Tumor necrosis factor (TNF) is a major mediator of apoptosis as well as inflammation and immunity, and it has been implicated in the pathogenesis of a wide spectrum of human diseases, including sepsis, diabetes, cancer, osteoporosis, multiple sclerosis, rheumatoid arthritis, and inflammatory bowel diseases.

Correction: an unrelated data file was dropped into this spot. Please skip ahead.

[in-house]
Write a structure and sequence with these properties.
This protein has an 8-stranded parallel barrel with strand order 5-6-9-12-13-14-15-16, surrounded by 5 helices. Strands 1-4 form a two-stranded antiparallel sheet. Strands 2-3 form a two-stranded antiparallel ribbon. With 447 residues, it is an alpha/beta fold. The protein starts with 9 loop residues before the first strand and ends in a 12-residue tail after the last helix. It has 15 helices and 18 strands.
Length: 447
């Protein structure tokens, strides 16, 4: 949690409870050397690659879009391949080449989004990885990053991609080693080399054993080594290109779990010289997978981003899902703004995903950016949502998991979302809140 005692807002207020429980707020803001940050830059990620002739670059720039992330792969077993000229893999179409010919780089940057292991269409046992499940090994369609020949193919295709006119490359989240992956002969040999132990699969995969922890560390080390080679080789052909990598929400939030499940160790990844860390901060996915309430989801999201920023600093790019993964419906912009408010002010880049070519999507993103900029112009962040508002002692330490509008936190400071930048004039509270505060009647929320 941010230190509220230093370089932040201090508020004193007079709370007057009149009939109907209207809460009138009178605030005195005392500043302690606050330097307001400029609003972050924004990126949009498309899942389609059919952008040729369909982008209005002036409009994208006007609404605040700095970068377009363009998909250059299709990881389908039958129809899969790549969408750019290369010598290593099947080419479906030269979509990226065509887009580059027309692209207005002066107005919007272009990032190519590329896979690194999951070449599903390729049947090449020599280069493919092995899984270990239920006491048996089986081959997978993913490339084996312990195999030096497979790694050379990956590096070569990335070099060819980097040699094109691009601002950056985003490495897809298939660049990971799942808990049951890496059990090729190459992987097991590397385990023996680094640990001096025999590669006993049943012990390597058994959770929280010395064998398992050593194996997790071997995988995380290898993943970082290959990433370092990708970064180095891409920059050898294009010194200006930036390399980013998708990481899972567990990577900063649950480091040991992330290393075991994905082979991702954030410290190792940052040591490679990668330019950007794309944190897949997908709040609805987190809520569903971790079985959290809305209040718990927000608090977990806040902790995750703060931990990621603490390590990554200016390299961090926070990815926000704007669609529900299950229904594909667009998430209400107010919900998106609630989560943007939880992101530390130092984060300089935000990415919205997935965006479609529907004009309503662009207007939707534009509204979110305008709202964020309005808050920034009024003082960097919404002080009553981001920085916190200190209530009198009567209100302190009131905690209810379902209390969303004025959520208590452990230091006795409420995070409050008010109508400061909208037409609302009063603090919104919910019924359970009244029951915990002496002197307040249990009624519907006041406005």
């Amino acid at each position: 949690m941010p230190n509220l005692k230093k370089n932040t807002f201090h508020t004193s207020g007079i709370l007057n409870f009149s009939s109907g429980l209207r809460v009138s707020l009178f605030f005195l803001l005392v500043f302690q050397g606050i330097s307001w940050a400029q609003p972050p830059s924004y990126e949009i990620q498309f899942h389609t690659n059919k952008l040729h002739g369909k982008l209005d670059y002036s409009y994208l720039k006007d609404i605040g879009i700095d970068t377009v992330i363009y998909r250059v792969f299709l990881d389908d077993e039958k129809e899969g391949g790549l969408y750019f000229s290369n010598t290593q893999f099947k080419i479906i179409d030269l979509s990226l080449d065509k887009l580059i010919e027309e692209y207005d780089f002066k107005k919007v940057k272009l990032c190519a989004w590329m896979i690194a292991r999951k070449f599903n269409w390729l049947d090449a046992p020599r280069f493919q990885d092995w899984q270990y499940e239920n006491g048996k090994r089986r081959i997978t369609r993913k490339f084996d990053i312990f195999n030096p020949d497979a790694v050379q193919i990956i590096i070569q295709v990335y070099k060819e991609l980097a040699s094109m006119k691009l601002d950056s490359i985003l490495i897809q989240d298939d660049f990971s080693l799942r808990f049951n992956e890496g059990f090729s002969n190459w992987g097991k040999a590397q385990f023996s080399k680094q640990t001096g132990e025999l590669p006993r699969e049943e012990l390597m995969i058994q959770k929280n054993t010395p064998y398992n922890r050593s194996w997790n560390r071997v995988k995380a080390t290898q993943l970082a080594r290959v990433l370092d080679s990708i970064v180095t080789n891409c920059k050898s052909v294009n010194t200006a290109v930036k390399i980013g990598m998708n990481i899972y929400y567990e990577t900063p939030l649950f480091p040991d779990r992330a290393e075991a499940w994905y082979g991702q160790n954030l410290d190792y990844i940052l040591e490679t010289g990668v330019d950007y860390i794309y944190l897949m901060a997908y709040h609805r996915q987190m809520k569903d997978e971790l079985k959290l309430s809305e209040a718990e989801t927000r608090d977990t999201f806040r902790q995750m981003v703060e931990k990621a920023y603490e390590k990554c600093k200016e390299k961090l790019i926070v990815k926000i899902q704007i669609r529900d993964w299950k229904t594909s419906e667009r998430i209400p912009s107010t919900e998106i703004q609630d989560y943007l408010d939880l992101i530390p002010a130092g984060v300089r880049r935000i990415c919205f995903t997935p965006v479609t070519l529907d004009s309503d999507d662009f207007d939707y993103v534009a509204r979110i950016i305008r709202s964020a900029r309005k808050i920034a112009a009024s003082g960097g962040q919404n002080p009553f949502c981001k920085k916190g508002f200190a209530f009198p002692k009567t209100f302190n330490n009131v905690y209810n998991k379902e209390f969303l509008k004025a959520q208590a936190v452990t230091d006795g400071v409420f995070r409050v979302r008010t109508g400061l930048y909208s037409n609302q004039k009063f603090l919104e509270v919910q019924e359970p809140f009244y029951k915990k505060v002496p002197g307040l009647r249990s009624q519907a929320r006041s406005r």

Many of the TNF-induced cellular responses are mediated by either one of the two TNF receptors, TNF-R1 and TNF-R2, both of which belong to the TNF receptor super-family. In response to TNF treatment, the transcription factor NF-κB and MAP kinases, including ERK, p38 and JNK, are activated in most types of cells and, in some cases, apoptosis or necrosis could also be induced. However, induction of apoptosis or necrosis is mainly achieved through TNFR1, which is also known as a death receptor. Activation of the NF-κB and MAPKs plays an important role in the induction of many cytokines and immune-regulatory proteins and is pivotal for many inflammatory responses.
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